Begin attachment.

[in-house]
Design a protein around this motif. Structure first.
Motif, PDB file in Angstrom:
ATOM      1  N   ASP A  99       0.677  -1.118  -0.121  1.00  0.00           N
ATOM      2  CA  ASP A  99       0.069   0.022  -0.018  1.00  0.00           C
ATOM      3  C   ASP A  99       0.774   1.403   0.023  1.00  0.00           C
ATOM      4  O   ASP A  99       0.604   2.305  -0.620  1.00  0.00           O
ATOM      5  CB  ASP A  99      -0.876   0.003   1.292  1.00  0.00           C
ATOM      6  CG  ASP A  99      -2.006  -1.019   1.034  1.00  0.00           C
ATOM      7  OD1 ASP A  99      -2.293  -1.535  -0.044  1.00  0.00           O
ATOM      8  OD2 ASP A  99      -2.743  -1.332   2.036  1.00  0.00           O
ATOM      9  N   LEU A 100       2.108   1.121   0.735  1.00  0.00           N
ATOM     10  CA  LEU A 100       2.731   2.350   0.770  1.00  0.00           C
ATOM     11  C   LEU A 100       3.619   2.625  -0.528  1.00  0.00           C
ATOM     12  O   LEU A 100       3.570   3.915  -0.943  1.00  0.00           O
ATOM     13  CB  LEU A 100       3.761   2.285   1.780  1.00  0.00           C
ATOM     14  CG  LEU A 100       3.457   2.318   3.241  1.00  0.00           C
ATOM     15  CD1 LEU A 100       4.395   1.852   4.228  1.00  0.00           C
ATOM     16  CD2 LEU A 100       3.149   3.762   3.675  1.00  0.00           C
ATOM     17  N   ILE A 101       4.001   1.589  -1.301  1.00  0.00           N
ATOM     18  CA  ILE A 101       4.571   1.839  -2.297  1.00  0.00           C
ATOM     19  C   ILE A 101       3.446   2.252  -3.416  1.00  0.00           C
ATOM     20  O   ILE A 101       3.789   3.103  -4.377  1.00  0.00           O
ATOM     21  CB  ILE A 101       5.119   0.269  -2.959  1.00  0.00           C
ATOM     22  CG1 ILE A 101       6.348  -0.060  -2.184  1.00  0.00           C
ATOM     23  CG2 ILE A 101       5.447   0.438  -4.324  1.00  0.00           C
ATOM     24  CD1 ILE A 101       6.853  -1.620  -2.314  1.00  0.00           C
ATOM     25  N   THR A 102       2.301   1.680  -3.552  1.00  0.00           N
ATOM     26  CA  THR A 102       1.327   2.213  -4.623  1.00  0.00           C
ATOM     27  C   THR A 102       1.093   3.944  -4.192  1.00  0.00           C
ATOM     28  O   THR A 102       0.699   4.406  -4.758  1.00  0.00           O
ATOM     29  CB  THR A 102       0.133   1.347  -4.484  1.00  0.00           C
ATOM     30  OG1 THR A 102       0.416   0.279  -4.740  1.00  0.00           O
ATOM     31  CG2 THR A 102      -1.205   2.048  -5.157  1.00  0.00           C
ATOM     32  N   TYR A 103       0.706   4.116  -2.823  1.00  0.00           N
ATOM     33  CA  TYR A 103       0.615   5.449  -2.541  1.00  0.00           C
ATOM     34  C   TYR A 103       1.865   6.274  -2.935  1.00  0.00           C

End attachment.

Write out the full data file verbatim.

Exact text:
[in-house]
Design a protein around this motif. Structure first.
Motif, PDB file in Angstrom:
ATOM      1  N   ASP A  99       0.677  -1.118  -0.121  1.00  0.00           N
ATOM      2  CA  ASP A  99       0.069   0.022  -0.018  1.00  0.00           C
ATOM      3  C   ASP A  99       0.774   1.403   0.023  1.00  0.00           C
ATOM      4  O   ASP A  99       0.604   2.305  -0.620  1.00  0.00           O
ATOM      5  CB  ASP A  99      -0.876   0.003   1.292  1.00  0.00           C
ATOM      6  CG  ASP A  99      -2.006  -1.019   1.034  1.00  0.00           C
ATOM      7  OD1 ASP A  99      -2.293  -1.535  -0.044  1.00  0.00           O
ATOM      8  OD2 ASP A  99      -2.743  -1.332   2.036  1.00  0.00           O
ATOM      9  N   LEU A 100       2.108   1.121   0.735  1.00  0.00           N
ATOM     10  CA  LEU A 100       2.731   2.350   0.770  1.00  0.00           C
ATOM     11  C   LEU A 100       3.619   2.625  -0.528  1.00  0.00           C
ATOM     12  O   LEU A 100       3.570   3.915  -0.943  1.00  0.00           O
ATOM     13  CB  LEU A 100       3.761   2.285   1.780  1.00  0.00           C
ATOM     14  CG  LEU A 100       3.457   2.318   3.241  1.00  0.00           C
ATOM     15  CD1 LEU A 100       4.395   1.852   4.228  1.00  0.00           C
ATOM     16  CD2 LEU A 100       3.149   3.762   3.675  1.00  0.00           C
ATOM     17  N   ILE A 101       4.001   1.589  -1.301  1.00  0.00           N
ATOM     18  CA  ILE A 101       4.571   1.839  -2.297  1.00  0.00           C
ATOM     19  C   ILE A 101       3.446   2.252  -3.416  1.00  0.00           C
ATOM     20  O   ILE A 101       3.789   3.103  -4.377  1.00  0.00           O
ATOM     21  CB  ILE A 101       5.119   0.269  -2.959  1.00  0.00           C
ATOM     22  CG1 ILE A 101       6.348  -0.060  -2.184  1.00  0.00           C
ATOM     23  CG2 ILE A 101       5.447   0.438  -4.324  1.00  0.00           C
ATOM     24  CD1 ILE A 101       6.853  -1.620  -2.314  1.00  0.00           C
ATOM     25  N   THR A 102       2.301   1.680  -3.552  1.00  0.00           N
ATOM     26  CA  THR A 102       1.327   2.213  -4.623  1.00  0.00           C
ATOM     27  C   THR A 102       1.093   3.944  -4.192  1.00  0.00           C
ATOM     28  O   THR A 102       0.699   4.406  -4.758  1.00  0.00           O
ATOM     29  CB  THR A 102       0.133   1.347  -4.484  1.00  0.00           C
ATOM     30  OG1 THR A 102       0.416   0.279  -4.740  1.00  0.00           O
ATOM     31  CG2 THR A 102      -1.205   2.048  -5.157  1.00  0.00           C
ATOM     32  N   TYR A 103       0.706   4.116  -2.823  1.00  0.00           N
ATOM     33  CA  TYR A 103       0.615   5.449  -2.541  1.00  0.00           C
ATOM     34  C   TYR A 103       1.865   6.274  -2.935  1.00  0.00           C